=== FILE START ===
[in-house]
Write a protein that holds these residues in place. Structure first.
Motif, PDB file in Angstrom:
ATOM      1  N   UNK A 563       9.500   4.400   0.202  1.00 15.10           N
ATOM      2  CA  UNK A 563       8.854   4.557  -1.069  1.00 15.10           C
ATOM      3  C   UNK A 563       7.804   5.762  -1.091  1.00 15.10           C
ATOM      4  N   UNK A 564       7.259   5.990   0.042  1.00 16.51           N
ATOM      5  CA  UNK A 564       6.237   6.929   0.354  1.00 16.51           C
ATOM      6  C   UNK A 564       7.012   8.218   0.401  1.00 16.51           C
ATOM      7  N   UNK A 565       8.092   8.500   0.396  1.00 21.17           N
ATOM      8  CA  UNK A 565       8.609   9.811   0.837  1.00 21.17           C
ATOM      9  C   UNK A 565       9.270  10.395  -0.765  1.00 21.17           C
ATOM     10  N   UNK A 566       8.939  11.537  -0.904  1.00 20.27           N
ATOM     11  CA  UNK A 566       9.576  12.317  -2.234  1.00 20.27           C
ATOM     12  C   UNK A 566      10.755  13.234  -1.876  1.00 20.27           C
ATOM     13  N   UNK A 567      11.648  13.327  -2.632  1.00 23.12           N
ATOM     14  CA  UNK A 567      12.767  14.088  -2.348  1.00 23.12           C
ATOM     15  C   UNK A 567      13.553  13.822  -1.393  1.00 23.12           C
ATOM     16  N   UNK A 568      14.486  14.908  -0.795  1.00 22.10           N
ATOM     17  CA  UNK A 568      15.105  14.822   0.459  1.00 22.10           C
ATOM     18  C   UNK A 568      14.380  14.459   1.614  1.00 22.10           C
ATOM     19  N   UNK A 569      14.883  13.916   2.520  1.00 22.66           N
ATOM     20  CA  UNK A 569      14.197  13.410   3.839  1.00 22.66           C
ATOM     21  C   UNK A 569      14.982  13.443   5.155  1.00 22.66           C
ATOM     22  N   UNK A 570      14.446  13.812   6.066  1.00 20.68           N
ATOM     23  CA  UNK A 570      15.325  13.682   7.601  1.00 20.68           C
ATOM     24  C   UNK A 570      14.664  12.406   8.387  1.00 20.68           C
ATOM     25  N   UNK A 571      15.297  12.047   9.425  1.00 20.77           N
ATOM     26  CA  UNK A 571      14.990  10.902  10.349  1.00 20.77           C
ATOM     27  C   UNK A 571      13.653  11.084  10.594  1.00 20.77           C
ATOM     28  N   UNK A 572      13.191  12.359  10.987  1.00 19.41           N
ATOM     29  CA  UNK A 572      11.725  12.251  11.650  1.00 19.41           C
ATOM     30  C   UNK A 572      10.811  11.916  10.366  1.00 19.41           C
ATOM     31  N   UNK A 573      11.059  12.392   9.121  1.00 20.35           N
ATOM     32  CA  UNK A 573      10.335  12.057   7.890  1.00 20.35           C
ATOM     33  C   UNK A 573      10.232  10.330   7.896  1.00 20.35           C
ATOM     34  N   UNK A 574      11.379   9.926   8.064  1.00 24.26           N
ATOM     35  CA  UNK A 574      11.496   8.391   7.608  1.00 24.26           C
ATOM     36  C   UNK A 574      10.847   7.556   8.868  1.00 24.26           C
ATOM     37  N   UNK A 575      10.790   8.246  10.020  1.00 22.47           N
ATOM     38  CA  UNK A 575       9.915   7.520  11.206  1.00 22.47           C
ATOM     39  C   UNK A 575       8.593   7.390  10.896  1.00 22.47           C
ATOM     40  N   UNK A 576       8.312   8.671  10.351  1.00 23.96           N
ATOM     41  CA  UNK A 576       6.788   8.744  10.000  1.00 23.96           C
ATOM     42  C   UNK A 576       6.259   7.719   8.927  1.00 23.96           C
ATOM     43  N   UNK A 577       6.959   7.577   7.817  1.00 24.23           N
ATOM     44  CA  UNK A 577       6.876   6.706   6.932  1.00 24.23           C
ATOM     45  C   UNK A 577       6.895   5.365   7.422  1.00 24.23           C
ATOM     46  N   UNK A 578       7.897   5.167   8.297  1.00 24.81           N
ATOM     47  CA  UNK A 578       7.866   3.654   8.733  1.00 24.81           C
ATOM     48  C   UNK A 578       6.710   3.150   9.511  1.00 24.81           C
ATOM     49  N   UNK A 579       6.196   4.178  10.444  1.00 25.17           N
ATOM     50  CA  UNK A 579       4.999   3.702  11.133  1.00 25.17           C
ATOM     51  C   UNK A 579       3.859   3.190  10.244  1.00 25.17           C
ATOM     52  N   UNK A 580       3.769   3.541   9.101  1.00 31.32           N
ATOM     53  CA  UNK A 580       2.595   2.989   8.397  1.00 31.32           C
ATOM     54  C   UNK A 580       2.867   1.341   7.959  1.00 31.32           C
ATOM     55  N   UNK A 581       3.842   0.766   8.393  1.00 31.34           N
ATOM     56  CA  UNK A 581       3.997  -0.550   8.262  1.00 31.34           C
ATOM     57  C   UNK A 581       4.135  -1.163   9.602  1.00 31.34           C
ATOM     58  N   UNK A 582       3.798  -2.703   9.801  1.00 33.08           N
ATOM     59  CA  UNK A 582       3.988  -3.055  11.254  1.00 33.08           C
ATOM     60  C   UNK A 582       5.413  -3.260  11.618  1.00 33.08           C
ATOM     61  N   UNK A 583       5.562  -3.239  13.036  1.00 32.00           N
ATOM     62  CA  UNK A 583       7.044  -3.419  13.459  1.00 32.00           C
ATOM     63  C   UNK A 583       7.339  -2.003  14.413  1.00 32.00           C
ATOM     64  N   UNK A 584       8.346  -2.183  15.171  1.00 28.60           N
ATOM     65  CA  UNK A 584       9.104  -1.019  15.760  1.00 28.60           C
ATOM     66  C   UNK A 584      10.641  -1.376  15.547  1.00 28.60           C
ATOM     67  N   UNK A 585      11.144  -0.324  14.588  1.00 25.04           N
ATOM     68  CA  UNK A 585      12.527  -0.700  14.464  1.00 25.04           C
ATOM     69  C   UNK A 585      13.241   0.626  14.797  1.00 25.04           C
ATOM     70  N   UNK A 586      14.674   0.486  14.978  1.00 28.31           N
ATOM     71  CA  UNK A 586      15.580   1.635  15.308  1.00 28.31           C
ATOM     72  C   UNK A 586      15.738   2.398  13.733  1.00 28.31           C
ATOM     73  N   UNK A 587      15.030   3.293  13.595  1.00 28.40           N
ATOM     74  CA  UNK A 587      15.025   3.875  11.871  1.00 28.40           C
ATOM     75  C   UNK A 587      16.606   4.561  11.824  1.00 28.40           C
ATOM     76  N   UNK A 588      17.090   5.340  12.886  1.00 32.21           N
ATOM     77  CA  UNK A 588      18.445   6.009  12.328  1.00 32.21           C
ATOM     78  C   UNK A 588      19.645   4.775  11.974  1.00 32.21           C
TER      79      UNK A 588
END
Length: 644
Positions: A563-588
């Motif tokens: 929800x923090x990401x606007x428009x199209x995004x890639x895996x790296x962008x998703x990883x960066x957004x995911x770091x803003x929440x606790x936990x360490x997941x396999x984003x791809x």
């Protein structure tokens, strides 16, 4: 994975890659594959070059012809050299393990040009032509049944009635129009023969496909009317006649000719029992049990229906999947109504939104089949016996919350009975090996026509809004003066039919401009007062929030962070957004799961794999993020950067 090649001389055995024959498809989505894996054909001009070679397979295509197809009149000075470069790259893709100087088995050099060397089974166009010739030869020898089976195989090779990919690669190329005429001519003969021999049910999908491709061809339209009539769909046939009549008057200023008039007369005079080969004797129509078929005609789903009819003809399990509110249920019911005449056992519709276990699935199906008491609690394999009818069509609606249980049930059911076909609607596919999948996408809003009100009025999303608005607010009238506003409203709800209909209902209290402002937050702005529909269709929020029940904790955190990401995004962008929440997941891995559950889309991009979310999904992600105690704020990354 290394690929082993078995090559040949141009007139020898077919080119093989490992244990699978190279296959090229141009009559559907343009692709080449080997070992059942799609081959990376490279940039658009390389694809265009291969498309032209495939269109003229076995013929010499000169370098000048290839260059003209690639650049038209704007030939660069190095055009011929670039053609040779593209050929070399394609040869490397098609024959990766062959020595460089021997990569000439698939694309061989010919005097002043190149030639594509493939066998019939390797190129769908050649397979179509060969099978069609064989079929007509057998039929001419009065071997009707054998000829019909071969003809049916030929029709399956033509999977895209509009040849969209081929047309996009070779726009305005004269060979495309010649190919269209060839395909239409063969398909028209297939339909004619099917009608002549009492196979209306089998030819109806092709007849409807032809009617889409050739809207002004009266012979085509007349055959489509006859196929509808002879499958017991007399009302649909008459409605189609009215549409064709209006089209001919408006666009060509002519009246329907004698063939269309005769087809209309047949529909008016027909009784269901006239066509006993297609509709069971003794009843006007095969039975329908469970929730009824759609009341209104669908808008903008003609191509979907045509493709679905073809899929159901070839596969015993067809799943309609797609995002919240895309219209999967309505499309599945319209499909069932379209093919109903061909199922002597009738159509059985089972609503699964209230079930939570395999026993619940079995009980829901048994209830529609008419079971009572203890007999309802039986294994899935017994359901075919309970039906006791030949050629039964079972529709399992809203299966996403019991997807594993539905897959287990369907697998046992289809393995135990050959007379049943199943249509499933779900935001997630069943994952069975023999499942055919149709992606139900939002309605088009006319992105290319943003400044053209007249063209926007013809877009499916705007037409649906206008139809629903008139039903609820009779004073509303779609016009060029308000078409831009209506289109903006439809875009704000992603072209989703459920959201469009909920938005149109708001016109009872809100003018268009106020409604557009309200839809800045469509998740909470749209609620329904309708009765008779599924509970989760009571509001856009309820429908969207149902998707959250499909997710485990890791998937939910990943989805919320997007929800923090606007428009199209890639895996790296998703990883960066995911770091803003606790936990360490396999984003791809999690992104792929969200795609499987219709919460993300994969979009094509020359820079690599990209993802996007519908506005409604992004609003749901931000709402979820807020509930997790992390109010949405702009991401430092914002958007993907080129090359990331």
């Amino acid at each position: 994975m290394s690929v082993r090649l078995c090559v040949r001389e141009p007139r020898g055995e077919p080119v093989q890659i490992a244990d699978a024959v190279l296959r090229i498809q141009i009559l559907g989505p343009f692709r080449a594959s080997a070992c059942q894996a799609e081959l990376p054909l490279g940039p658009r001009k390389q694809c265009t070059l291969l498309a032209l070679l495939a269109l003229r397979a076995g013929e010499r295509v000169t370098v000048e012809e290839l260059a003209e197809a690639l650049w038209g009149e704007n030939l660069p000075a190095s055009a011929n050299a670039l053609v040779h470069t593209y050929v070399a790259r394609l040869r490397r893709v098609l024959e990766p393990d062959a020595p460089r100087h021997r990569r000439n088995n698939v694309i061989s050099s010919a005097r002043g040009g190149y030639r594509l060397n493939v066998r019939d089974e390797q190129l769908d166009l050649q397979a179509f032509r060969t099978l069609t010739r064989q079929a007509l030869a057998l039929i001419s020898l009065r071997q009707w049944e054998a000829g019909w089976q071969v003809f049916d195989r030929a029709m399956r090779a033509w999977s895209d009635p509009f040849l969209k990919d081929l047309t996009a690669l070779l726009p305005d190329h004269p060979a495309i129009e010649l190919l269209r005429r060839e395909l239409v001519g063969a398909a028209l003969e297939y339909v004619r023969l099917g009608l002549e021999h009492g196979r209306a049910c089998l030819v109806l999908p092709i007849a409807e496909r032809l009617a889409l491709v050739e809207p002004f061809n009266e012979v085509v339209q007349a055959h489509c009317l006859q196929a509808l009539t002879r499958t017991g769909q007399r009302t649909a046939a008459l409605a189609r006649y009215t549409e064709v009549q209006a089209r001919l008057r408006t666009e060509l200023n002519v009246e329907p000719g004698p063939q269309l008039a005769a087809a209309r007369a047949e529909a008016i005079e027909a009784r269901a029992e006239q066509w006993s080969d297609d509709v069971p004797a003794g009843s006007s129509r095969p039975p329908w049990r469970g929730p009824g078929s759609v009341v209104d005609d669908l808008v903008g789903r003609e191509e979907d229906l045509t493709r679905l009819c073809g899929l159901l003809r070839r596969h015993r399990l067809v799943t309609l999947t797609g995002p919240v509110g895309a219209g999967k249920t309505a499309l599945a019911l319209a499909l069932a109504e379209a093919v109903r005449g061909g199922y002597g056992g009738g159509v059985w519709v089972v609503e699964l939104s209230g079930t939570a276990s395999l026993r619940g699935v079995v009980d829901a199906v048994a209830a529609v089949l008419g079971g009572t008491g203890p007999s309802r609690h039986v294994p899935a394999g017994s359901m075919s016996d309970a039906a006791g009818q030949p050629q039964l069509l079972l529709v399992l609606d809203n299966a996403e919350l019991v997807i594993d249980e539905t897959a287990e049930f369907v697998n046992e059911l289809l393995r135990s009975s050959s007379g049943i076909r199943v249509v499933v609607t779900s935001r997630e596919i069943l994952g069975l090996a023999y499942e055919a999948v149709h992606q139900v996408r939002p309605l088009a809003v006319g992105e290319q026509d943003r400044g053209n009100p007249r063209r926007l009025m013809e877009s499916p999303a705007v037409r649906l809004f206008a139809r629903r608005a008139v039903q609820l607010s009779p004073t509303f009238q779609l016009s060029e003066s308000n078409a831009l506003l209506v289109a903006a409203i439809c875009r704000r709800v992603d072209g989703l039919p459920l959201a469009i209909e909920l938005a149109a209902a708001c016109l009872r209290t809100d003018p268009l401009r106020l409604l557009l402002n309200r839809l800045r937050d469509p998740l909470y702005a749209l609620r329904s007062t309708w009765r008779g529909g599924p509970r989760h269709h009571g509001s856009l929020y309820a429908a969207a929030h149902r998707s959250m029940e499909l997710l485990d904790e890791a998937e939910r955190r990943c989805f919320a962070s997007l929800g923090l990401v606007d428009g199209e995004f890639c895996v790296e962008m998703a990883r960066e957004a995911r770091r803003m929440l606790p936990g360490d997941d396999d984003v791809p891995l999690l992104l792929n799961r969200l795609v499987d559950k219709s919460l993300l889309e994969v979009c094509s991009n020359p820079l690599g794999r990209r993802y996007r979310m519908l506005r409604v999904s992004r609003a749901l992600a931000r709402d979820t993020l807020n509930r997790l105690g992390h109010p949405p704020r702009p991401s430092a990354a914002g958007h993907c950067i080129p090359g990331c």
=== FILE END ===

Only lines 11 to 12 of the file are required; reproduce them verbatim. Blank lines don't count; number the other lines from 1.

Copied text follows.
ATOM      8  CA  UNK A 565       8.609   9.811   0.837  1.00 21.17           C
ATOM      9  C   UNK A 565       9.270  10.395  -0.765  1.00 21.17           C